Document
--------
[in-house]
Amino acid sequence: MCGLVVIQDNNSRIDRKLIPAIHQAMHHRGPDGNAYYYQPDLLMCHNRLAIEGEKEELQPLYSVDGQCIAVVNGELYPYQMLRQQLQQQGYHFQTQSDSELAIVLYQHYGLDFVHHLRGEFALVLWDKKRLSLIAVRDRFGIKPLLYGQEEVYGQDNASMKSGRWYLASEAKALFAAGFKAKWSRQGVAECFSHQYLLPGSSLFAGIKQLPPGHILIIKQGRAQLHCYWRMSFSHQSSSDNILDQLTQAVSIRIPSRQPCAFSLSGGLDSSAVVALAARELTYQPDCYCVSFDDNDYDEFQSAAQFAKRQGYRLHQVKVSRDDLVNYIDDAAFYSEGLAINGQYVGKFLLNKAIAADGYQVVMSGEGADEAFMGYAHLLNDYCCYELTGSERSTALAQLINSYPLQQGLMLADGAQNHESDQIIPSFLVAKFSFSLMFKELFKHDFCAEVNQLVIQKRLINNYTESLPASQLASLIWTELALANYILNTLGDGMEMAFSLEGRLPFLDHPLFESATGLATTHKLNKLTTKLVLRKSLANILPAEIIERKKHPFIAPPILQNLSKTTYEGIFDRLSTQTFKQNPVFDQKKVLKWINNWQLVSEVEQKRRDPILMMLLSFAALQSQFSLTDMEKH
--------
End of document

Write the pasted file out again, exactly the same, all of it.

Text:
[in-house]
Amino acid sequence: MCGLVVIQDNNSRIDRKLIPAIHQAMHHRGPDGNAYYYQPDLLMCHNRLAIEGEKEELQPLYSVDGQCIAVVNGELYPYQMLRQQLQQQGYHFQTQSDSELAIVLYQHYGLDFVHHLRGEFALVLWDKKRLSLIAVRDRFGIKPLLYGQEEVYGQDNASMKSGRWYLASEAKALFAAGFKAKWSRQGVAECFSHQYLLPGSSLFAGIKQLPPGHILIIKQGRAQLHCYWRMSFSHQSSSDNILDQLTQAVSIRIPSRQPCAFSLSGGLDSSAVVALAARELTYQPDCYCVSFDDNDYDEFQSAAQFAKRQGYRLHQVKVSRDDLVNYIDDAAFYSEGLAINGQYVGKFLLNKAIAADGYQVVMSGEGADEAFMGYAHLLNDYCCYELTGSERSTALAQLINSYPLQQGLMLADGAQNHESDQIIPSFLVAKFSFSLMFKELFKHDFCAEVNQLVIQKRLINNYTESLPASQLASLIWTELALANYILNTLGDGMEMAFSLEGRLPFLDHPLFESATGLATTHKLNKLTTKLVLRKSLANILPAEIIERKKHPFIAPPILQNLSKTTYEGIFDRLSTQTFKQNPVFDQKKVLKWINNWQLVSEVEQKRRDPILMMLLSFAALQSQFSLTDMEKH